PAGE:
Broadband plan posited as threat to homeland security

The FCC's proposed national broadband plan has drawn lots of fire, but one particular objection that has recently arisen--that the plan would threaten homeland security--is more compelling than the rest. The objection builds from an argument that the FCC has an anti-broadcaster bias and that it is trying to disengage the broadcast industry while building up wireless broadband.

Developed by Tom Wolzien, a former NBC executive, the argument is that in the event of an apocalyptic national emergency a broadband network would be overwhelmed and therefore useless because "it's not meant to accommodate everyone's data communications needs at once."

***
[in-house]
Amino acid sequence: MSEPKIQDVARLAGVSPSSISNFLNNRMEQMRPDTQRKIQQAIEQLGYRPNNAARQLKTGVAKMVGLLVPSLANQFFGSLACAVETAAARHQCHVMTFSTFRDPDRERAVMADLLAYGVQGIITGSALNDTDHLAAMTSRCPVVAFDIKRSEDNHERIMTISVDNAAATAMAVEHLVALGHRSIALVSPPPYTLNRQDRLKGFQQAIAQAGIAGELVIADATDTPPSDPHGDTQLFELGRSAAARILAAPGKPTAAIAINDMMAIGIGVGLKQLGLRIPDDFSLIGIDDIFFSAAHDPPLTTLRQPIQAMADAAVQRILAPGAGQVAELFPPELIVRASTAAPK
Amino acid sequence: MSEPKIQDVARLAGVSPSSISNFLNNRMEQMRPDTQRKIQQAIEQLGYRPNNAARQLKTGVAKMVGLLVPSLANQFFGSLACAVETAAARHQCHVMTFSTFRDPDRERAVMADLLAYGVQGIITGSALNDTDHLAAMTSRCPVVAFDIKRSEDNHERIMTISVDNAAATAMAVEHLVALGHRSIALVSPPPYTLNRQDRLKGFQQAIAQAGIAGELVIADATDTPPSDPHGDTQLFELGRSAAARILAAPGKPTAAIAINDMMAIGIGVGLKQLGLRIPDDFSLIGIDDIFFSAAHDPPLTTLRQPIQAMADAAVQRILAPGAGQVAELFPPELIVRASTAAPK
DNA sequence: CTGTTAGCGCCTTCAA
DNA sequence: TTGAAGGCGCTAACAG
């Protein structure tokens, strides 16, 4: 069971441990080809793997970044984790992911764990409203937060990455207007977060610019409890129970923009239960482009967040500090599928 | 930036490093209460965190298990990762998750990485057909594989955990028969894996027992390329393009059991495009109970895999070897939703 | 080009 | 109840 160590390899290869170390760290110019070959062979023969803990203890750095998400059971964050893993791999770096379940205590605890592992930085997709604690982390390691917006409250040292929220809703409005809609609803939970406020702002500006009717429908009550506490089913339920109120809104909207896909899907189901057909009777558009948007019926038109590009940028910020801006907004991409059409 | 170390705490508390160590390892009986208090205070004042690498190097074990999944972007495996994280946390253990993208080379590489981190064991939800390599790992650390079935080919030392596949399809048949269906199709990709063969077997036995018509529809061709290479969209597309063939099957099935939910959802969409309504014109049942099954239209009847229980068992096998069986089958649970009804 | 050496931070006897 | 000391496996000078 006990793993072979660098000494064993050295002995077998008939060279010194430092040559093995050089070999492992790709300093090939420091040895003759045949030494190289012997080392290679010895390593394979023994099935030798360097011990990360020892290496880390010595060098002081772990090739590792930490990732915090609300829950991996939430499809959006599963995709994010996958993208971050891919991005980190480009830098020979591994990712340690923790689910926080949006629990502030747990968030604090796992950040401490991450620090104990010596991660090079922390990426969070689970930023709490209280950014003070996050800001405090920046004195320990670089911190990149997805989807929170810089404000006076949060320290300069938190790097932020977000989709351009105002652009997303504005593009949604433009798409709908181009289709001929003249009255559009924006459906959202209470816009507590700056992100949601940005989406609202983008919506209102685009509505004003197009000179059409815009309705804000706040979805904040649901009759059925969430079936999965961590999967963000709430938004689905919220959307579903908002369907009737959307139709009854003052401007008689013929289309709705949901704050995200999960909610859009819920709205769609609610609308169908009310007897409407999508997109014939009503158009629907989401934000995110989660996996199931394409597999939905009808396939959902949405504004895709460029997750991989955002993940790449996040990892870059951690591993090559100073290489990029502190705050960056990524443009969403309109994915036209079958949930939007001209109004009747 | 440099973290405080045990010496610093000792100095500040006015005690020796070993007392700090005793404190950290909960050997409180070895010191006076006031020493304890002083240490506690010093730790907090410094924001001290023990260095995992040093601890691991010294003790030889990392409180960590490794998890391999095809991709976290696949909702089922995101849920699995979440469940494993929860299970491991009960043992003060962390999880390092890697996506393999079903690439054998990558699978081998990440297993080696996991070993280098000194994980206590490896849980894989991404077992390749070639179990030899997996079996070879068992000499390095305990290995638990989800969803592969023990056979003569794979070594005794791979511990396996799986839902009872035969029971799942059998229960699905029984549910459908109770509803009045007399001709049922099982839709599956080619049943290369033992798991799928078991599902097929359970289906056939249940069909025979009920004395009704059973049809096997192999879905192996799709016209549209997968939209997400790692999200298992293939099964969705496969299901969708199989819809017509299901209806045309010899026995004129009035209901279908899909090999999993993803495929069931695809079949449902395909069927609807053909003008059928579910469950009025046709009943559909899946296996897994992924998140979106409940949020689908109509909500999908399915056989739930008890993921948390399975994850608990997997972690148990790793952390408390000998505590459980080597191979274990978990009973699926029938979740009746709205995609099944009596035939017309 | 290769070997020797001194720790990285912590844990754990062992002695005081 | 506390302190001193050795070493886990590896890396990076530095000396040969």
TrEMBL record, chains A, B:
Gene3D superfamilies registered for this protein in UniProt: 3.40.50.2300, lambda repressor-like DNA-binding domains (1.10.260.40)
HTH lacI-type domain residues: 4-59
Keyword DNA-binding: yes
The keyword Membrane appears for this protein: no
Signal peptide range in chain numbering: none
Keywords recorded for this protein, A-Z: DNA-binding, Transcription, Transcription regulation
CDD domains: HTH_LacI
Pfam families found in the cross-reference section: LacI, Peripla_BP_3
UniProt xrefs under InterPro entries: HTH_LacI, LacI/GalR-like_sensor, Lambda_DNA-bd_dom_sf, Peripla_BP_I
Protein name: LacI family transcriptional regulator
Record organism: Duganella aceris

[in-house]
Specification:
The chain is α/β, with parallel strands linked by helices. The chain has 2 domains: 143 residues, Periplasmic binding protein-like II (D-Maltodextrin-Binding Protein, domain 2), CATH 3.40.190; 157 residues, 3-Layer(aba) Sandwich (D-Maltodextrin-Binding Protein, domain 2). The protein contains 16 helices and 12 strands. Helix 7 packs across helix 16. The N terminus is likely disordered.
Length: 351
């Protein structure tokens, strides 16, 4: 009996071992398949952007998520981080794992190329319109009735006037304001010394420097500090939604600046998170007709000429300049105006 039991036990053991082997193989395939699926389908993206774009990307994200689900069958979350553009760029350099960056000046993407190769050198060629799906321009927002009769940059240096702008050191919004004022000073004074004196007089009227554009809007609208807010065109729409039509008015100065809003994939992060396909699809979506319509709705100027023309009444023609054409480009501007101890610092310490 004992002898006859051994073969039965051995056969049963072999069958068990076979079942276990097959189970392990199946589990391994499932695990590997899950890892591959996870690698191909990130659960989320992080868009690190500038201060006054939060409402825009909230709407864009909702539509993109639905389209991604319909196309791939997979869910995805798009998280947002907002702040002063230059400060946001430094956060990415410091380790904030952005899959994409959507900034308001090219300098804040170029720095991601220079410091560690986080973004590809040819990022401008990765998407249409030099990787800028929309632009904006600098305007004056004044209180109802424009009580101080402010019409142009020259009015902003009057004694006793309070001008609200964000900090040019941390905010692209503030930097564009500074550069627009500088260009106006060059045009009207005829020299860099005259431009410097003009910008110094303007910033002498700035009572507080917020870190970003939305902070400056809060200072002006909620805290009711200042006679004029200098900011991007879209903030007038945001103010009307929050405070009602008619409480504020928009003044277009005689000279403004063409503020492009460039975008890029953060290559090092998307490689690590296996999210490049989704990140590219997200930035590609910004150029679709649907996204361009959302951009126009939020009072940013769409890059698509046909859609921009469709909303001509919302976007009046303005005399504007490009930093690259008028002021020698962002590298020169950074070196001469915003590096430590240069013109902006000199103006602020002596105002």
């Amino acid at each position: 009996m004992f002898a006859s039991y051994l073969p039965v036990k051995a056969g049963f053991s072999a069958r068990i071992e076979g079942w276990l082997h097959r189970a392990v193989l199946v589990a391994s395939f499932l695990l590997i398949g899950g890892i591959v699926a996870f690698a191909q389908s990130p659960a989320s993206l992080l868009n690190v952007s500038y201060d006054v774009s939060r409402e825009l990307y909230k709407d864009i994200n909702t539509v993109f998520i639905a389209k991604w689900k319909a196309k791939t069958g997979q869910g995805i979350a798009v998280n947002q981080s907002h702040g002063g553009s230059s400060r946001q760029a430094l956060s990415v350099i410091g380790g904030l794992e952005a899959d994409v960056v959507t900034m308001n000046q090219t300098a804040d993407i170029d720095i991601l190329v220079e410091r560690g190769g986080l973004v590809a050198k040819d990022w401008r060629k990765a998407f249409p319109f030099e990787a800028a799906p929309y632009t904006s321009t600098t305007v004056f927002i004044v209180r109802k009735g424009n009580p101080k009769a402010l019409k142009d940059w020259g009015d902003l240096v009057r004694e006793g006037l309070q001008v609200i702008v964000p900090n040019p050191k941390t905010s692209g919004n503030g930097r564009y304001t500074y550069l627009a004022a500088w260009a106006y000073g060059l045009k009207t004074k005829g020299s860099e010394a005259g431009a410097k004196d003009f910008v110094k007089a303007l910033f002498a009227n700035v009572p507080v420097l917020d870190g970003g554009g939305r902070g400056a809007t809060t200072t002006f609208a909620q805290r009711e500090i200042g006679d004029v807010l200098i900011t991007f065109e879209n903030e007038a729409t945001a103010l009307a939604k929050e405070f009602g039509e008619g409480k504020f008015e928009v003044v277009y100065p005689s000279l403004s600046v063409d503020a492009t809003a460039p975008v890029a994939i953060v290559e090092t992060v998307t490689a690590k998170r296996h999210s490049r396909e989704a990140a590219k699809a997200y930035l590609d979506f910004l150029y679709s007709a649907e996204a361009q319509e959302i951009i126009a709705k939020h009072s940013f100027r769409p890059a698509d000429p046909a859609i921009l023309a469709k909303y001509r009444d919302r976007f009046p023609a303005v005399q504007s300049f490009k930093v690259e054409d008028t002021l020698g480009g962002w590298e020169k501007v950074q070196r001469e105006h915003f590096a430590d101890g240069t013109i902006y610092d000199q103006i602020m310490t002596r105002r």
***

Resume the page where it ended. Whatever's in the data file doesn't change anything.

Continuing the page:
Wolzien turned his objection into an argument for wider adoption of mobile digital TV instead, including a request that the FCC require digital TV in all mobile devices would have access to emergency broadcast messages. Wolzien's objection drew backhanded support from Derek Turner, research director at media reform advocate Free Press who replied that "it doesn't have to be an either-or proposition. I think what we're talking about here is making efficient use of the public airwaves."

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